It's considered one of the oldest and most unethical practices some attorneys still engage in. Now, a growing problem catching accident victims off guard within days or sometimes just hours after a car crash. "It's unseedy and that's where the term ambulance chaser comes from as you're aware" says former Detroit Police Chief Ralph Godbee.
Only it seems the so called "ambulance chasers" have stepped up their game with better technology and other resources. Godbee says around Metro Detroit, it's now open season on cell phone numbers and people's other personal info.
An accident victim who asks to be called by "Derrick", says he got a phone call within 24 hours of being hit behind the wheel. His accident happened on Detroit's west side in April, and the man on the phone promised to help. "They had transportation to take me to get treated for my injuries and there would be a lawyer present" says Derrick. He says his immediate reaction was to wonder how they got his number.
Another victim, says she asked the same question when it happened to her. "Kimberly" says calls began after her first and only wreck near the Southfield freeway a few weeks ago. She says "They just told me they found me through a scanner. Me being my first time, I went with them."
Both victims have since learned those calls broke a state law against solicitation. A law punishable by jail time and up to $60,000 in fines. Attorney Daniel Romano explains "As a person that's hurt or seeking an attorney, you have the absolute right to choose your lawyer."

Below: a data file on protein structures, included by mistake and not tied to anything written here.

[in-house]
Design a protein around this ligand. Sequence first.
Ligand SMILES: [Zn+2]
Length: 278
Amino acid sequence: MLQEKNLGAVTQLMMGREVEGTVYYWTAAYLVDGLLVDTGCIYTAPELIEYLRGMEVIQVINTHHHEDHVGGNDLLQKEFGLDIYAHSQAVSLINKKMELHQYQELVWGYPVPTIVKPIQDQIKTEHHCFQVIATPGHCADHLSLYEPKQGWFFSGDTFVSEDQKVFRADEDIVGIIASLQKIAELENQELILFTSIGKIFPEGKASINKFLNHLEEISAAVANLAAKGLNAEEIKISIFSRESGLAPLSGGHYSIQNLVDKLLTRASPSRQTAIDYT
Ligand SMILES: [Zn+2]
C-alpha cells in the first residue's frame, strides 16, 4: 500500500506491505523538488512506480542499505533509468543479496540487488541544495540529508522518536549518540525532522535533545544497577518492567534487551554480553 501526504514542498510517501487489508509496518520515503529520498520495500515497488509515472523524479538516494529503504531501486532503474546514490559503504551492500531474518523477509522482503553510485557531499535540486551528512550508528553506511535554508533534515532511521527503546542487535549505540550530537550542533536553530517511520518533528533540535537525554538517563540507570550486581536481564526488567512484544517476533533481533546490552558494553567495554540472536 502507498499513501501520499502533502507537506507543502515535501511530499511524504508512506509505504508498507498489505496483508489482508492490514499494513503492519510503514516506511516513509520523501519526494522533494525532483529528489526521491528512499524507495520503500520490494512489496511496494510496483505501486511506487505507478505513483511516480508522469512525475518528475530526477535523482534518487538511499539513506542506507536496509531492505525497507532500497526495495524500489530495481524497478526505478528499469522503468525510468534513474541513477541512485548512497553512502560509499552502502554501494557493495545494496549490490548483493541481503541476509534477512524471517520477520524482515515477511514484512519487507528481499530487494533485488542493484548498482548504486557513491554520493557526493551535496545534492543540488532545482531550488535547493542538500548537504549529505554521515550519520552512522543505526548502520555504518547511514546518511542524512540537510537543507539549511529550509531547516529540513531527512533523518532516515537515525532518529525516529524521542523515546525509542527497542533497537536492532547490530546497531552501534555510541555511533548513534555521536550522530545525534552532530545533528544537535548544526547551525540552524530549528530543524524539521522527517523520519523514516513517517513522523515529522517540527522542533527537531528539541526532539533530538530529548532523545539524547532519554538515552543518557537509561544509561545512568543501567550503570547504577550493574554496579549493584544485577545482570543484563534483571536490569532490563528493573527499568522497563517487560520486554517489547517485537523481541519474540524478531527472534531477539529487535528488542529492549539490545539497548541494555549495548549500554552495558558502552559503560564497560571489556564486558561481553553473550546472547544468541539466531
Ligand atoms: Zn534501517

As a lawyer practicing for more than 20 years, Romano says he suspects cops, EMS workers, even hospital workers could be turning over personal info to some other attorneys. "I don't even think they're chasing the ambulance, I think sometimes the ambulance is involved in the solicitation" says Romano. He adds, "When you're in the hospital, I've had clients visited by lawyers without solicitation prior. They'll just show up and start talking about their case and have signing papers."
Godbee says even worse, info from police reports is routinely kept in a database accessible by any number of people. Some may not even realize they're breaking the law. "Ignorance is not an excuse, but an officer may not be aware that to do that you are violating the law. But, it could be as nefarious as some attorneys paying to get this information from the inside" says Godbee.
"We are getting people solicited the day the accident happens, often within an hour or minutes of the accident" says Romano. He adds "It happens in cases where there is no police report, when they go directly to the hospital. Or when they don't go to the hospital, there's just a police report."
Romano says countless firms are engaging in the illegal practices. Derrick and Kimberly say those soliciting lawyers sent them to get medical treatment at high priced health clinics, then referred their cases elsewhere. They've since fired the other firms. "You're thinking that they're helping you, but they're actually gaining from the solicitation" says Derrick.
Kimberly says her advice is not to be filled by predators who talk a good game. "Don't jump into nothing if someone calls you and says I want to represent you. No. Find your own lawyer" she says. Romano agrees, adding "If you get a call from someone directly saying they are from a law office, or work for one or a doctor that will get you to a lawyer, hang up the phone."
Both Derrick and Kimberly have hired new attorneys. In the meantime, Derrick has filed a complaint with the attorney grievance commission. They wouldn't comment specifically on the case, but promise to fully investigate all complaints. We also checked with the Wayne County Prosecutor, who says they've never charged an attorney criminally for this.